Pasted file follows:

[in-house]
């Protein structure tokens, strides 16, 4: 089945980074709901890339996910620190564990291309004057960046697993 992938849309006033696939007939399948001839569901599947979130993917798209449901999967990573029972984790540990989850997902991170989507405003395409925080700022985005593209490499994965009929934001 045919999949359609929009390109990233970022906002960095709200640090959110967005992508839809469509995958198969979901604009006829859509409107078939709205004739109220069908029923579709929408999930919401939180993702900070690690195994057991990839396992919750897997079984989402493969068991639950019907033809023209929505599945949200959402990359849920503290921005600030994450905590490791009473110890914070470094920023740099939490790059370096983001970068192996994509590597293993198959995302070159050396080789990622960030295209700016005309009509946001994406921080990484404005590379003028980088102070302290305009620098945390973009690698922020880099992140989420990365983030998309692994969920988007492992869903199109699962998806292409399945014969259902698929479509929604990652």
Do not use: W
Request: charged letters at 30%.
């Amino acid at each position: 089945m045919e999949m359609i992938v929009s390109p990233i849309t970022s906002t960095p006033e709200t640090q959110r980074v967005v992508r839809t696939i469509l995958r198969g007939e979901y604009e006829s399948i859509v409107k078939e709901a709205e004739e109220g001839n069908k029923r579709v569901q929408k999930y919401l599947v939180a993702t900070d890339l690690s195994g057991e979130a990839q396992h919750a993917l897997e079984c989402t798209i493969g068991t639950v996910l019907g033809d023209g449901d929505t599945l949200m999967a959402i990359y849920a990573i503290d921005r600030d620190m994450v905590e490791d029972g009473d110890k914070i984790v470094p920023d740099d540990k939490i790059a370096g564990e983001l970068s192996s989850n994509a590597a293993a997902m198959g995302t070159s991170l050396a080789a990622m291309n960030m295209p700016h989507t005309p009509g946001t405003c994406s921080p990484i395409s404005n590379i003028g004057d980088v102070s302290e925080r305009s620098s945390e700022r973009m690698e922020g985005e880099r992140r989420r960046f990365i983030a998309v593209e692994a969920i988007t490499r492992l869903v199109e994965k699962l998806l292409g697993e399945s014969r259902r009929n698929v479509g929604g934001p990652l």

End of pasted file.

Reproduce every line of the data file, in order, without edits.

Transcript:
[in-house]
């Protein structure tokens, strides 16, 4: 089945980074709901890339996910620190564990291309004057960046697993 992938849309006033696939007939399948001839569901599947979130993917798209449901999967990573029972984790540990989850997902991170989507405003395409925080700022985005593209490499994965009929934001 045919999949359609929009390109990233970022906002960095709200640090959110967005992508839809469509995958198969979901604009006829859509409107078939709205004739109220069908029923579709929408999930919401939180993702900070690690195994057991990839396992919750897997079984989402493969068991639950019907033809023209929505599945949200959402990359849920503290921005600030994450905590490791009473110890914070470094920023740099939490790059370096983001970068192996994509590597293993198959995302070159050396080789990622960030295209700016005309009509946001994406921080990484404005590379003028980088102070302290305009620098945390973009690698922020880099992140989420990365983030998309692994969920988007492992869903199109699962998806292409399945014969259902698929479509929604990652």
Do not use: W
Request: charged letters at 30%.
């Amino acid at each position: 089945m045919e999949m359609i992938v929009s390109p990233i849309t970022s906002t960095p006033e709200t640090q959110r980074v967005v992508r839809t696939i469509l995958r198969g007939e979901y604009e006829s399948i859509v409107k078939e709901a709205e004739e109220g001839n069908k029923r579709v569901q929408k999930y919401l599947v939180a993702t900070d890339l690690s195994g057991e979130a990839q396992h919750a993917l897997e079984c989402t798209i493969g068991t639950v996910l019907g033809d023209g449901d929505t599945l949200m999967a959402i990359y849920a990573i503290d921005r600030d620190m994450v905590e490791d029972g009473d110890k914070i984790v470094p920023d740099d540990k939490i790059a370096g564990e983001l970068s192996s989850n994509a590597a293993a997902m198959g995302t070159s991170l050396a080789a990622m291309n960030m295209p700016h989507t005309p009509g946001t405003c994406s921080p990484i395409s404005n590379i003028g004057d980088v102070s302290e925080r305009s620098s945390e700022r973009m690698e922020g985005e880099r992140r989420r960046f990365i983030a998309v593209e692994a969920i988007t490499r492992l869903v199109e994965k699962l998806l292409g697993e399945s014969r259902r009929n698929v479509g929604g934001p990652l």